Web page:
In a week of reports that world food prices are set to double in 20 years, it's worth focusing on how we eat fish - our main source of 'wild' protein, and one with considerable environmental costs attached.
What can we do?
The Zoological Society of London, campaigners and artists have partnered with Selfridges to launch Project Ocean - "a creative public call to action to defend the fish in the sea." The campaign and debates hinge on the projected collapse of the world's major fisheries by mid-century, its purpose to engage the public on the cost of overfishing and possible alternatives.
We're increasingly aware of high-profile issues about eating farmed meat - cutting down for health reasons and supporting local farmers with higher welfare standards (like RSPCA Freedom Food approved sources); and free-range eggs now represent about a third of the UK's egg consumption, a relatively successful expression of 'ethical consumerism'. Alongside the RSPCA and PETA, figures like Jamie Oliver and Hugh Fearnley-Whittingstall have played a huge role in raising awareness of the environmental costs and ethics of eating.
Yet ocean fish often barely register when it comes to choices at the supermarket shelves - a failure, perhaps, of imagination as much as education: it is difficult to picture how Atlantic cod goes from ocean to plate. Whether trawled or increasingly, farmed, it's easy to forget the downside - particularly with fish's growing reputation as a fresh, free-range, 'natural' food.
At "LET THEM EAT FISH...?" the May 26 edition of Ocean Talks, journalist Camilla Cavendish talked to a panel about regulating the fishing industry to consumers regulating what's on their plates, covering wild and farmed fish, and GM alternatives.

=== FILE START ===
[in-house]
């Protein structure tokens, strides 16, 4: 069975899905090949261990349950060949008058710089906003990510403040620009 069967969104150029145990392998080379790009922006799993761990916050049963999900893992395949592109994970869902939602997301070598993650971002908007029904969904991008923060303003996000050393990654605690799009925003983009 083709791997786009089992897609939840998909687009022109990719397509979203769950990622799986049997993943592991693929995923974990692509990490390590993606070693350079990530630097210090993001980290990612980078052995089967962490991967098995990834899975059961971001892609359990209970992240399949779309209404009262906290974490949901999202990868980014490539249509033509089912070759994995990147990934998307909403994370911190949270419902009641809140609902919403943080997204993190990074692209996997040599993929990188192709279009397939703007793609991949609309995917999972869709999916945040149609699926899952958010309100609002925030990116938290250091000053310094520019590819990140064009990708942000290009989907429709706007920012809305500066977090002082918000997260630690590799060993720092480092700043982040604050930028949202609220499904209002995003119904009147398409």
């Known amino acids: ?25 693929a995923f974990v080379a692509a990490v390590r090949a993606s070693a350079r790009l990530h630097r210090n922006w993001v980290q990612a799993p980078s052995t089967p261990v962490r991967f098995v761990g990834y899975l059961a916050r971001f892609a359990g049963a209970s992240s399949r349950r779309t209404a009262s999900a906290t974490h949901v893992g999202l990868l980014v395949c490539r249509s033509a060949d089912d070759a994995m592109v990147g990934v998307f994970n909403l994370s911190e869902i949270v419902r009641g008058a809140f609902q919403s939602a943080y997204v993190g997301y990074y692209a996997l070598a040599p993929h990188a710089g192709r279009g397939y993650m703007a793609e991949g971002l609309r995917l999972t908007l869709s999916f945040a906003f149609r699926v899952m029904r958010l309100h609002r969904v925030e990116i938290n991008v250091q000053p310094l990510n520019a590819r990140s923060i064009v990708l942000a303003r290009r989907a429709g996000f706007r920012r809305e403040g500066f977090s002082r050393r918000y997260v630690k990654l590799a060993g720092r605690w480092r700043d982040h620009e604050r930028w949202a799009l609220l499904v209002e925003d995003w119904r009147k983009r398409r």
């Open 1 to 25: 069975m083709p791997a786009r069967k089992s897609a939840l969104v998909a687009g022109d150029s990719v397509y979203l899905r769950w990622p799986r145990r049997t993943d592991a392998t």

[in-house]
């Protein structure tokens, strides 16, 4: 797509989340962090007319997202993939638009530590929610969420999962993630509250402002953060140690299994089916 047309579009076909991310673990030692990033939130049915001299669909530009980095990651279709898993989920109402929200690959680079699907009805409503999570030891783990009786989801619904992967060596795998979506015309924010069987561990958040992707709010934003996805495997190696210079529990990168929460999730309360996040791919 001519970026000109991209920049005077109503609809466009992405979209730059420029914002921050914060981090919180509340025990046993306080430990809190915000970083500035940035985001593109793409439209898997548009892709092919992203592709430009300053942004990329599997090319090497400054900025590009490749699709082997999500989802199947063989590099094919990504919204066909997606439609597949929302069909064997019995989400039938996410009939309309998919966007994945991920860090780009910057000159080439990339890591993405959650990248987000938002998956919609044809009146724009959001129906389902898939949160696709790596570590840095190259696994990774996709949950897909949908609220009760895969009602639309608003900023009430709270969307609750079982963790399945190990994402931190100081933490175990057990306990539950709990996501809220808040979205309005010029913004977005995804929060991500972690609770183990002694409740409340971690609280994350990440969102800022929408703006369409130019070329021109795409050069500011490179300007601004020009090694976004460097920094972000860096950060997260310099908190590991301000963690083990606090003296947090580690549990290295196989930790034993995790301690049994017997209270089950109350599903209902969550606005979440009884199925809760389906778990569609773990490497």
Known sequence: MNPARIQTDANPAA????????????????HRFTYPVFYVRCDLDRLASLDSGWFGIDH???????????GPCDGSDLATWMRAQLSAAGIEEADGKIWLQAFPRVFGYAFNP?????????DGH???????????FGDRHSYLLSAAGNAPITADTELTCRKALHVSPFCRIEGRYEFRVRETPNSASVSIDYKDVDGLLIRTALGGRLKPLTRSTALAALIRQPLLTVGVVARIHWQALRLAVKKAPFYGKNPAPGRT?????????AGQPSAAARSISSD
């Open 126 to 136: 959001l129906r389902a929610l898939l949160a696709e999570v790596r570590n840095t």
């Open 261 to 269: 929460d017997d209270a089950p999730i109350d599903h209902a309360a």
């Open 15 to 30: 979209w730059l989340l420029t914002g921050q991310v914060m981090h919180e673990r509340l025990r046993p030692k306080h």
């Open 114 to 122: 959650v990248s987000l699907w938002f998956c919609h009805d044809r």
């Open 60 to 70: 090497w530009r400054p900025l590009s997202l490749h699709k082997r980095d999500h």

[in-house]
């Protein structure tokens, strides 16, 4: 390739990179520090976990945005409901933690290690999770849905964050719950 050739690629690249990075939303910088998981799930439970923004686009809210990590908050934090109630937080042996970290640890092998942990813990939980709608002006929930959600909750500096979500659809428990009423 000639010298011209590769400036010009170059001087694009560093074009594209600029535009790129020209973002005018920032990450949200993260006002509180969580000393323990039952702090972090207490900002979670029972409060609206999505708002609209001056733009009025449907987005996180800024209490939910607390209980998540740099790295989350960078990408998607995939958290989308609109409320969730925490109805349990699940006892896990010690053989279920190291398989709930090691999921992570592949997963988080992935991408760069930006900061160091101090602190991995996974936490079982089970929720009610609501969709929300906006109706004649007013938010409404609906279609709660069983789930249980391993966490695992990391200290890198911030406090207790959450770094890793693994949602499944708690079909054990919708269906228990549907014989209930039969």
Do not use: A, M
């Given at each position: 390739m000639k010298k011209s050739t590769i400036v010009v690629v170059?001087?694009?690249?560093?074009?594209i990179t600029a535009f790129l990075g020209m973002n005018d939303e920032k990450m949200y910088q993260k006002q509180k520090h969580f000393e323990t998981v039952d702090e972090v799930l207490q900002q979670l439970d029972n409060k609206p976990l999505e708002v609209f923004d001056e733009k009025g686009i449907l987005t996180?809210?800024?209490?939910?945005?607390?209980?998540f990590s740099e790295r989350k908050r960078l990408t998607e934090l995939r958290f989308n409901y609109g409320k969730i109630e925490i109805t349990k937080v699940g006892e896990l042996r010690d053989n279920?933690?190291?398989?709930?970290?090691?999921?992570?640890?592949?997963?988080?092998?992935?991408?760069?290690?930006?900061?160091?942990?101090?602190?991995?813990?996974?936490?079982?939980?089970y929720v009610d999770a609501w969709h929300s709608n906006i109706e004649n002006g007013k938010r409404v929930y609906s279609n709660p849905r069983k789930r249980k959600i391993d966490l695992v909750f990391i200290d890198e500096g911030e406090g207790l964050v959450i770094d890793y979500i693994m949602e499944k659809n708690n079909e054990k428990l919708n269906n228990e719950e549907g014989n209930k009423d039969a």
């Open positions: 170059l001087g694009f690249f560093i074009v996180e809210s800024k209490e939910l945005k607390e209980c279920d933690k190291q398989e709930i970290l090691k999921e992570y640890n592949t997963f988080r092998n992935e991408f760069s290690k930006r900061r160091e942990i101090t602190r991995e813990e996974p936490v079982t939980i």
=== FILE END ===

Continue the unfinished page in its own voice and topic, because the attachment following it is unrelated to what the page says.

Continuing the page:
Panelist Aniol Estaban, from the New Economics Foundation, managed to remain optimistic about the challenges ahead - despite the threat to natural fish stocks should current practices, world population growth and the rise in popularity of seafood continue. His message was "we need to eat less fish" (one in three fish eaten here are from outside the EU - the UK's own stocks would sustain the market until only late July), with particular attention to key species threatened by overfishing. Esteban sees the EU as needing to focus on cultivating fish stocks that are sustainable, as "a fish stock properly managed can produce long-term use" - some fisheries are so inefficient they're landing around a third of their potential while others are near collapse. Governments need to look at the viability of allowing large trawling companies to continue trading fishing quotas.
Aquaculture was also on the menu with
Nick Joy, managing director and co-founder of Loch Duart, an independent Scottish salmon farming concern. He argued that "we haven't used the marketplace to campaign," suggesting consumers must accept that the environmental cost and future sustainability must be reflected in the price of fish. Loch Duart has pioneered initiatives in fish welfare, focusing on water quality and sustainably sourced fish meal, and was the first salmon farm in the world to receive Freedom Food approval. Joy pointed out that quality costs: Loch Duart's fishing grounds "lie fallow for 12 months - most farmers do six weeks. The consumer has to pay for that."
While the panellists talked EU bureaucracy and big business, the audience brought the debate round to the consumer, the end of the line. It was suggested that there's too much faith in shoppers to self-regulate: we're hooked on cheap food, with unsustainable costs normalised by big retailers. Another audience member pointed to the "obsession with the supposed health benefits of fish has led to higher consumption" - the opposite of what has happened with red meat, where public health warnings to reduce consumption might result in unintended environmental benefits.
Project Ocean runs to June 12